Michael at the 18th birthday party of Rachel Keating at Bella Italia in Solihull (Dinah May)
In Solihull - which may be part of Birmingham - the locals told me, when I asked what I should do, to go shopping. I hate shops, except small ones. I'm not even mad about those. The last time I went to a supermarket I was so incensed there were people in front of me in the queue for the till I left my trolley and walked out.
In Solihull, seen on Michael Winner's Dining Stars this Friday, I entered a shopping mall and blew up a teddy bear. Not with a nuclear weapon - on a machine. You speak into a little recording device, stick it in the bear and then blow it up with a foot pump. I'd recorded a romantic message to Geraldine inserted in a panda. The bear came out with hysterical calls for Dinah.
At one o'clock we ended up in Bella Italia, Unit 52, Touchwood Court, Mill Lane, Solihull, West Midlands B91 3GS. Put that in your sat nav if you're planning to go for New Year's Eve.
It's quite a jolly place, a poor imitation of a 1950s MGM movie Italian restaurant. Next to us was an 18th birthday party for Rachel Keating, complete with balloons. I posed with them for the record - "What record?" I hear you ask.
Our waiter was Matthew Stein, a fey gentleman, not without charm. Dean Martin sang, sang and sang as we waited for Matthew to bring some garlic bread. It was six small baguettes with a lot of cheese on top. Dreadful. I couldn't eat more than a nibble.
Joan, my make-up lady, said, "It needs more garlic."
Dinah said, "Mmm", trying to extract gooey cheese from her teeth. They quite liked it.
I'd ordered "linguine pasta with chicken, mushroom and red onions". After a long wait, Matthew promised the main course "in three minutes". Nothing came.
I said to Matthew, "You told me 15 minutes ago the food would be here in three minutes."
"You need a new watch," responded Matthew.
"I don't need a new watch, I need some food," I said. "Go and throttle the chef, Matthew. Pick him up and shake him."
"Don't walk out, Michael," pleaded Dinah. She's seen me throw a tantrum or 10.
Matthew at last came with the food. "See this watch which you maligned, Matthew?" I said. "This is a serious, white gold Patek Philippe."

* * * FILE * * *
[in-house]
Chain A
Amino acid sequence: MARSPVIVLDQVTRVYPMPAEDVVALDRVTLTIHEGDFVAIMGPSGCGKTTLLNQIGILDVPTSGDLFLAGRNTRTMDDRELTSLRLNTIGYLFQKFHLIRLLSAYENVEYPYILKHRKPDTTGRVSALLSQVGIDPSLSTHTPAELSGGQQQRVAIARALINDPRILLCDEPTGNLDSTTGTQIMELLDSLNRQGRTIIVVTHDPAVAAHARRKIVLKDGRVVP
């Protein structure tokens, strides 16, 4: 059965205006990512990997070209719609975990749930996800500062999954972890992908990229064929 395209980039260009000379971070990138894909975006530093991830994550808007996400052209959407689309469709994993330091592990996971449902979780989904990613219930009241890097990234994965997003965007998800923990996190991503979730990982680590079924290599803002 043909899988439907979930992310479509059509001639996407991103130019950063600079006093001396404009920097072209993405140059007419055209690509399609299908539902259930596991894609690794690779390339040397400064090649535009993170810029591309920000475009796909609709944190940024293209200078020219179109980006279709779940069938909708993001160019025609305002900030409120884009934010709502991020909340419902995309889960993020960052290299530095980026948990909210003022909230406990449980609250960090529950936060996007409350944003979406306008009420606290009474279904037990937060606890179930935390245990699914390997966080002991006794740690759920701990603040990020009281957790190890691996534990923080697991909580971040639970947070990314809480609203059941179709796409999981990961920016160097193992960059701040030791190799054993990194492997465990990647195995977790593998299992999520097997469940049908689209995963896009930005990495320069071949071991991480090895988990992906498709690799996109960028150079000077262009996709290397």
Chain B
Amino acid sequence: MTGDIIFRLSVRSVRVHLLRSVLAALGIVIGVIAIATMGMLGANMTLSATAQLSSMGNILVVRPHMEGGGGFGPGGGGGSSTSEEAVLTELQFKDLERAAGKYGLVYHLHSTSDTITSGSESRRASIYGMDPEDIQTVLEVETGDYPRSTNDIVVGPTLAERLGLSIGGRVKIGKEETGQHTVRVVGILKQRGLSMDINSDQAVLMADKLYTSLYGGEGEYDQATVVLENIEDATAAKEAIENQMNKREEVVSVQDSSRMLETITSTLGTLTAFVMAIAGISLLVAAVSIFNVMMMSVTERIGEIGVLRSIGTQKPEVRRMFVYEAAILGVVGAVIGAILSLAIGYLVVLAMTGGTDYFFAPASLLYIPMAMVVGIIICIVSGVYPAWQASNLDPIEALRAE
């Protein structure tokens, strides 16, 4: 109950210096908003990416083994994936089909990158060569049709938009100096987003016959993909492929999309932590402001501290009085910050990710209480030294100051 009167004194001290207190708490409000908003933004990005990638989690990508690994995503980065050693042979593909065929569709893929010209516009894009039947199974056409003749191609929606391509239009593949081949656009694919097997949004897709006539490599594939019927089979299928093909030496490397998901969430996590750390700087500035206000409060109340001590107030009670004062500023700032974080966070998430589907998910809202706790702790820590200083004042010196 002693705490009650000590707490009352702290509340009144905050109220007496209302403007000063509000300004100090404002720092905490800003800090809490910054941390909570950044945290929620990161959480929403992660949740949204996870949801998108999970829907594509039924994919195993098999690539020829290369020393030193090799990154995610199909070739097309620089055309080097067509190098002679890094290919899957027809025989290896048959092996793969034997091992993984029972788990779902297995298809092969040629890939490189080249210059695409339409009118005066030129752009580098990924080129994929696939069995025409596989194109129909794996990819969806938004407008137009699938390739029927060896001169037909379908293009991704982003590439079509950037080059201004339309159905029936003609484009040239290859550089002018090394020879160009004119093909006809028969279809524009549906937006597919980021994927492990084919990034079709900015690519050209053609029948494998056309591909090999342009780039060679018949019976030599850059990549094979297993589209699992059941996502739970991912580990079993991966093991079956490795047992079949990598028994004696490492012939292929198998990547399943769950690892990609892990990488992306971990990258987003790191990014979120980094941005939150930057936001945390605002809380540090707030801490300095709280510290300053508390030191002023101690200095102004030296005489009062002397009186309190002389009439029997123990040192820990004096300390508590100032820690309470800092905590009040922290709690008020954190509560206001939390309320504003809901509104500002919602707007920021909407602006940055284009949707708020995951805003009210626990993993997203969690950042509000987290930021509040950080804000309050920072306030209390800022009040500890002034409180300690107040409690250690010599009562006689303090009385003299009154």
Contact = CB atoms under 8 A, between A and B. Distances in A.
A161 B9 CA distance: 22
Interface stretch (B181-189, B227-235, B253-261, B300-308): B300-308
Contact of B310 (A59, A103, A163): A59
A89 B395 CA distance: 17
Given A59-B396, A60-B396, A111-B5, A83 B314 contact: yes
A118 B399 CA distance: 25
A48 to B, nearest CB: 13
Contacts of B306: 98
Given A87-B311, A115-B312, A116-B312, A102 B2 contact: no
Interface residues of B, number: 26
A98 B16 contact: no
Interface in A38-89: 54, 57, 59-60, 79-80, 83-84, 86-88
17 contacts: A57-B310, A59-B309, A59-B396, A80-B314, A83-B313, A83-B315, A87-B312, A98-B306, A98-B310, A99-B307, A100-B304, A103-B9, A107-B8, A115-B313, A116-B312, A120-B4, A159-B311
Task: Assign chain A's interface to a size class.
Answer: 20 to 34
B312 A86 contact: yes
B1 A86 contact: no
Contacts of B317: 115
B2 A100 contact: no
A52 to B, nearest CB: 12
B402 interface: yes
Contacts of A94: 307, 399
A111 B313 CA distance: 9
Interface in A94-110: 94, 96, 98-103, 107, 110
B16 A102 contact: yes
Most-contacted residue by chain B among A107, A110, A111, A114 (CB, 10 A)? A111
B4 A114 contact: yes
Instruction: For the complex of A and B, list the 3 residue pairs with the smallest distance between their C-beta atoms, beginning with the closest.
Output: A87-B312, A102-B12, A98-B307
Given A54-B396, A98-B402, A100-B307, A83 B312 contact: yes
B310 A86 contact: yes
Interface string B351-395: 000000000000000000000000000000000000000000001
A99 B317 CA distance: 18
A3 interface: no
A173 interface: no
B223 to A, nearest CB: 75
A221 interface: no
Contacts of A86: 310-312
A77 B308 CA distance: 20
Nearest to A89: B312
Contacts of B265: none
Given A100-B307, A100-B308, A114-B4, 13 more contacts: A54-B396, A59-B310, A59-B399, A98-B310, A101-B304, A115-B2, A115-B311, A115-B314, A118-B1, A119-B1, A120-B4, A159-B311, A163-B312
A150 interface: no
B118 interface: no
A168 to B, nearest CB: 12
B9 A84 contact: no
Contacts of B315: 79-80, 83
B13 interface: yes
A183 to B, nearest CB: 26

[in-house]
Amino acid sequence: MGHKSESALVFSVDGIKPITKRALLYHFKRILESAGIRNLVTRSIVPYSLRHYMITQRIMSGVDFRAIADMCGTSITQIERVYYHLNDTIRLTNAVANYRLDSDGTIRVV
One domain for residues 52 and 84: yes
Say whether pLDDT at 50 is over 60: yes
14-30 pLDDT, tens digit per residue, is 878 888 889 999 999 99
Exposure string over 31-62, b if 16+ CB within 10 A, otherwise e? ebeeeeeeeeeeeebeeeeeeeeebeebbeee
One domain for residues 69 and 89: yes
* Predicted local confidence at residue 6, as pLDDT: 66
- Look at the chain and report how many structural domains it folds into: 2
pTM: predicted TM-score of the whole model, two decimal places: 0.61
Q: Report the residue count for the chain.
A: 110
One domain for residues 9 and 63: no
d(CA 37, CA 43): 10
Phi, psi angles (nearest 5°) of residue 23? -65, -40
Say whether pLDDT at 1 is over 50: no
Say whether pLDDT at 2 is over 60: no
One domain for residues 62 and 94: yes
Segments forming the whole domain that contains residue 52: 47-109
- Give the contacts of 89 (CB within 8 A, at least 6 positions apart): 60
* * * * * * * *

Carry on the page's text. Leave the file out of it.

"I believe you," he said dismissively. My pasta wasn't bad. Dinah's tuna salad got her approval and Joan liked her risotto with roasted hot peppers.
For dessert Matthew recommended the "cioccolato napoletano: smooth and creamy milk and white chocolate mousse, layered upon a dark chocolate truffle base served with cream". It was quite good.
Happy Birthday played through the speakers, thus dumping my hero Dean Martin for a few seconds. Matthew came in with a cake. We got up and went back to grabbing people on the streets for robust conversation. As parodied by Harry Hill in his TV Burp programme last Saturday.
For the MWDS filmed in Blairgowrie, I stayed at the Ballathie House hotel in Perth. My room had a great view of the Tay and two fields, one with sheep, the other with bales of hay.
My lunchtime club sandwich was atrocious. I understood why the Réserve de Beaulieu, my regular August spot on the French Riviera, charges £50 for a club sandwich which is great, when this one, whatever it cost, wasn't worth eating. Dinah had local fresh salmon and seafood salad and declared it very good. My strawberry pavlova was okay. The shortbread biscuits were excellent; the bread roll, dire.
Breakfast came speedily but without a cup, saucer, or spoon. Luckily they were already in the room, with the instant coffee and kettle, so I didn't have a fit.
I recently lunched at Bibendum on the Fulham Road, a superb restaurant. The food is simple; the room, in the old Michelin building, one of the best in London. Comfortable, with marvellous acoustics. The senior sous-chef, Tam Storrar, was on. Couldn't tell the difference from the normal chef, Matthew Harris. The restaurant manager, Karim Miftah, is excellent.
Another of my favourite restaurants, the River Café, lost Rose Gray, its co-owner and chef. She died of cancer last week. Rose was a great, simple cook - a real lady. Her last public appearance was at my Winner's Dinners awards. I'll miss her.
Last week I was the subject of Piers Morgan's Life Stories for ITV1. When Piers was editor of the Daily Mirror OJ Simpson came to London, just after his first trial. Piers got a photo of OJ and me in my Rolls. The headline was: "The most despised man in Britain with his friend OJ Simpson". Very funny.
A joke: Mrs Cohen is caught shoplifting.
The judge intones, "You stole a packet of 12 asparagus sticks, so I sentence you to 12 days in jail."
Her husband, Hymie, says, "Excuse me, m'lud, she also stole two packs of peas."
Congratulations on your new TV programme. The idea was from 1990, the jokes from 1970 and the old tart on screen was prehistoric. It was most enjoyable.
Matthew Atkinson, London
My wife wanted to watch Embarrassing Bodies but I said we could get the best of both worlds with your programme. She wasn't disappointed.
Peter Grundy, Newcastle upon Tyne
ITV announced that the following programme featured one of Britain's most celebrated restaurant critics. Imagine my surprise when you hoved into view.
Nick Abbott, by email
In your photo with the great Michael Caine there appear to be bars at the windows of your house. Are they to keep the burglars out or the lunatics in?
Phil Webb, Essex
At last - an objective, honest, no-holds-barred analysis by Michael of where to experience historic food, well prepared, well served and with wonderful ambience. I'm convinced. May I book a table for four next Saturday, 8pm, at Chez Winner? I'll be bringing the Pope, Nelson Mandela and Tiger Woods. Michael Caine couldn't make it. Food poisoning, I think.
Tim Burton, Berkshire
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